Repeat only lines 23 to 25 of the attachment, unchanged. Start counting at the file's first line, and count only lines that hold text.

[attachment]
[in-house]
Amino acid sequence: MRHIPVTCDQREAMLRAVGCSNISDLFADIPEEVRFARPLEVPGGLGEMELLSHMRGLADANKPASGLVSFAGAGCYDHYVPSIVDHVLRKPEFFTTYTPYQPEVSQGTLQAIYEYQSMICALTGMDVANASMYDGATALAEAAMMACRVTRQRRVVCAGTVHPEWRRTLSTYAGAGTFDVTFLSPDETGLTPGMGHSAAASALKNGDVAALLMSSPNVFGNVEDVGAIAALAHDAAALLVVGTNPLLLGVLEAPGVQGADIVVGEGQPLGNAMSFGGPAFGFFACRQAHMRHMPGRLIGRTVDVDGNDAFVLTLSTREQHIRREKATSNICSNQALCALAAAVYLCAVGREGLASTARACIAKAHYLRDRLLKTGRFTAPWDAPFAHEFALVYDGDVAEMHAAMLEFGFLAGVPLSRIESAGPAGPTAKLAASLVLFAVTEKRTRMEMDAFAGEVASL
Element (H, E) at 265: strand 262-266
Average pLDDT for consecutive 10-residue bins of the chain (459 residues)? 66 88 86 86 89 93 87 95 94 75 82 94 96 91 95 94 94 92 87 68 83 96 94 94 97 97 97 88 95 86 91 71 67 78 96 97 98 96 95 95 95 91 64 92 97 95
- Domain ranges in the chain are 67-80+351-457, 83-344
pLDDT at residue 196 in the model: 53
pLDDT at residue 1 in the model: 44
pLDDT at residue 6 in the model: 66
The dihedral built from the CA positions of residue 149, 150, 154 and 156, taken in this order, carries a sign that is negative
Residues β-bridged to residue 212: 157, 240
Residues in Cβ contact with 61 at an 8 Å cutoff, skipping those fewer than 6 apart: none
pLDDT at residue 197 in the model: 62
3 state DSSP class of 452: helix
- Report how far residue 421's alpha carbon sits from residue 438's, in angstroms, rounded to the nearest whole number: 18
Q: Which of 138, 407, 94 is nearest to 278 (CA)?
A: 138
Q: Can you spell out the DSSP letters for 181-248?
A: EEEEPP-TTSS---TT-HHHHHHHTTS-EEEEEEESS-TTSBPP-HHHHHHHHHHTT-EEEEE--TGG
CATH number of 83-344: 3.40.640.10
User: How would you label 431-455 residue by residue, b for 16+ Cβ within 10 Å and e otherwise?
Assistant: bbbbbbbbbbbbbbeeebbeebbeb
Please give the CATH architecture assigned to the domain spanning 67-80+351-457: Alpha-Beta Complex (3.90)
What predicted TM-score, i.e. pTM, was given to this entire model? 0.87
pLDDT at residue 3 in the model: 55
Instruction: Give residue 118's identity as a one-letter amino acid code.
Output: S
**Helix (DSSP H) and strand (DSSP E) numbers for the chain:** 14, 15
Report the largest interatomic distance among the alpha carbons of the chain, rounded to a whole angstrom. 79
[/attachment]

What predicted TM-score, i.e. pTM, was given to this entire model? 0.87
pLDDT at residue 3 in the model: 55
Instruction: Give residue 118's identity as a one-letter amino acid code.